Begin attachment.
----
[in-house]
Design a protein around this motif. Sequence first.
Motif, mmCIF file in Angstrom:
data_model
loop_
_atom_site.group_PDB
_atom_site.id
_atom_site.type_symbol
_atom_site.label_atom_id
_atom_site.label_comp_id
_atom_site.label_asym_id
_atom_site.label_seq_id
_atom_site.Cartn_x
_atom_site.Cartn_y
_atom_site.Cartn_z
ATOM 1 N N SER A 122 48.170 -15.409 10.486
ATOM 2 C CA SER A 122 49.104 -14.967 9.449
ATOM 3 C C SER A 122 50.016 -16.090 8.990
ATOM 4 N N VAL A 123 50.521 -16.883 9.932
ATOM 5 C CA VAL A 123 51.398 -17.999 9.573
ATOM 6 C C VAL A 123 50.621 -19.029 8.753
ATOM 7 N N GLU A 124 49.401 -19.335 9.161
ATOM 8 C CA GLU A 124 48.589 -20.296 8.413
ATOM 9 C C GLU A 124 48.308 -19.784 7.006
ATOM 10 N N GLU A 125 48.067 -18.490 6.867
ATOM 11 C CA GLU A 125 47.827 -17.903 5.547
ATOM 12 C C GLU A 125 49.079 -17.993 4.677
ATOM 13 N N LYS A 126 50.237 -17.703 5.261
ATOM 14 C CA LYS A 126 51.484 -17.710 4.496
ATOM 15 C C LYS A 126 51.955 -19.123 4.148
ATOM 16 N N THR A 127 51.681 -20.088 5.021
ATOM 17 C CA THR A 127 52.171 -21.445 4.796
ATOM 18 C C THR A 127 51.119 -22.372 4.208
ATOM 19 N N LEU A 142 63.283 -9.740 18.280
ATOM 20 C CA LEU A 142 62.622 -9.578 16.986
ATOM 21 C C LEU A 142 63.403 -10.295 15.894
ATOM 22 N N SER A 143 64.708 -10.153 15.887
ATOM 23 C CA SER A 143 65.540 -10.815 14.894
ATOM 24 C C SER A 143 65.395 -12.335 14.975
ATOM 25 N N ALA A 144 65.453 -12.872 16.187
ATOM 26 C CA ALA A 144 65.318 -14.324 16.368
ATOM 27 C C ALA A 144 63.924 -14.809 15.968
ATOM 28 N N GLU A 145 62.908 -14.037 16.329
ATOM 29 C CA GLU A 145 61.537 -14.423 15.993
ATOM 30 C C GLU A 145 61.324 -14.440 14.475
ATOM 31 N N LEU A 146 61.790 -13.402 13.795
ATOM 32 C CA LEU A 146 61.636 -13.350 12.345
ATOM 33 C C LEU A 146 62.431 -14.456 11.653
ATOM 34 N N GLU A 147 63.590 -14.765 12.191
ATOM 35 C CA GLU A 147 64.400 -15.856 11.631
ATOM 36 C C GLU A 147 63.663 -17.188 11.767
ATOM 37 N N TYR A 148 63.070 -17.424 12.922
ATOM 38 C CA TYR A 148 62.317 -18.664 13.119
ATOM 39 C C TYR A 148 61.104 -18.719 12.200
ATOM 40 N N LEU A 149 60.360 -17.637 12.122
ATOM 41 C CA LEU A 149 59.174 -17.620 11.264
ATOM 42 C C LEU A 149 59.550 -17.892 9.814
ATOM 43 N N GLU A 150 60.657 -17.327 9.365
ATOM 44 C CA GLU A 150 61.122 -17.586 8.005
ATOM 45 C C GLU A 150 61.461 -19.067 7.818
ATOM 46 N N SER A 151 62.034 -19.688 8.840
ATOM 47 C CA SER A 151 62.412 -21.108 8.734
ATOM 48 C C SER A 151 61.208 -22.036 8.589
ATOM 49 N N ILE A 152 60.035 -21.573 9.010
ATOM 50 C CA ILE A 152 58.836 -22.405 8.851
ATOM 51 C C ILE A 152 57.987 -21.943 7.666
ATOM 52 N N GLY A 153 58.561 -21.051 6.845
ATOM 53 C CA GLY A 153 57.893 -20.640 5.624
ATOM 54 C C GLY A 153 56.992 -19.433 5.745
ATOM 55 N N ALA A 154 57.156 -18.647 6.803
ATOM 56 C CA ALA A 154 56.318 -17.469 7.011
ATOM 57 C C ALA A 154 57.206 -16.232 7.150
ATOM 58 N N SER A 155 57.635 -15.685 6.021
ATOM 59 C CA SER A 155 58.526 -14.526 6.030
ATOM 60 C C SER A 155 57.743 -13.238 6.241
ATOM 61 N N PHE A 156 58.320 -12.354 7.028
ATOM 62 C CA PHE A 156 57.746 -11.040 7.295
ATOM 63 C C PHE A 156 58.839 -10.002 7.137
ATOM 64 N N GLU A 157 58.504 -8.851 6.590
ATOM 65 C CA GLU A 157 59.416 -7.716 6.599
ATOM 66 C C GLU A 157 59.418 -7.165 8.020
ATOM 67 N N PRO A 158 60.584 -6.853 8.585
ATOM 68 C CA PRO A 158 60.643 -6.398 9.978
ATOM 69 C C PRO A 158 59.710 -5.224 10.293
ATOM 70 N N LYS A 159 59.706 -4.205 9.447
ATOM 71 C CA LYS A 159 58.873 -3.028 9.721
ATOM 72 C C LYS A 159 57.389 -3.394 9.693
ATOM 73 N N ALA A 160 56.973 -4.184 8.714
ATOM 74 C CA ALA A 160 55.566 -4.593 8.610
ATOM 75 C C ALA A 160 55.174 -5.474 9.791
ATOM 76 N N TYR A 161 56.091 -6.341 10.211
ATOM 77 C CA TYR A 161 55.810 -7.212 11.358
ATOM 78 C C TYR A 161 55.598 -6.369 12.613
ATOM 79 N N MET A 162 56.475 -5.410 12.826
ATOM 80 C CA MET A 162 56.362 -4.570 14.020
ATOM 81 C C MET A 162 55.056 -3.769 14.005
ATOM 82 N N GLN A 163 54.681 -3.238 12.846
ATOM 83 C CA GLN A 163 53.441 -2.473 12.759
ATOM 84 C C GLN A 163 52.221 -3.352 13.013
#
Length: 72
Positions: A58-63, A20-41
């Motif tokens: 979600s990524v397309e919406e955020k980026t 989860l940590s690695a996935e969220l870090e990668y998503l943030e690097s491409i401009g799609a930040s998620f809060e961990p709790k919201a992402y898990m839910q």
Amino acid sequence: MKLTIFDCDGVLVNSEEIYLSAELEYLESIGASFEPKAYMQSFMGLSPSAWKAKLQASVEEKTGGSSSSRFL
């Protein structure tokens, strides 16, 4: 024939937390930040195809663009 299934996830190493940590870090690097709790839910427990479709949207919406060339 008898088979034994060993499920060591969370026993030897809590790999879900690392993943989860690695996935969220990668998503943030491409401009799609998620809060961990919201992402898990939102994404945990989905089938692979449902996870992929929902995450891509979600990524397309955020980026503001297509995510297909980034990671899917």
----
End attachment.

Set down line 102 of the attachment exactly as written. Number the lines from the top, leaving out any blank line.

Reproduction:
Positions: A58-63, A20-41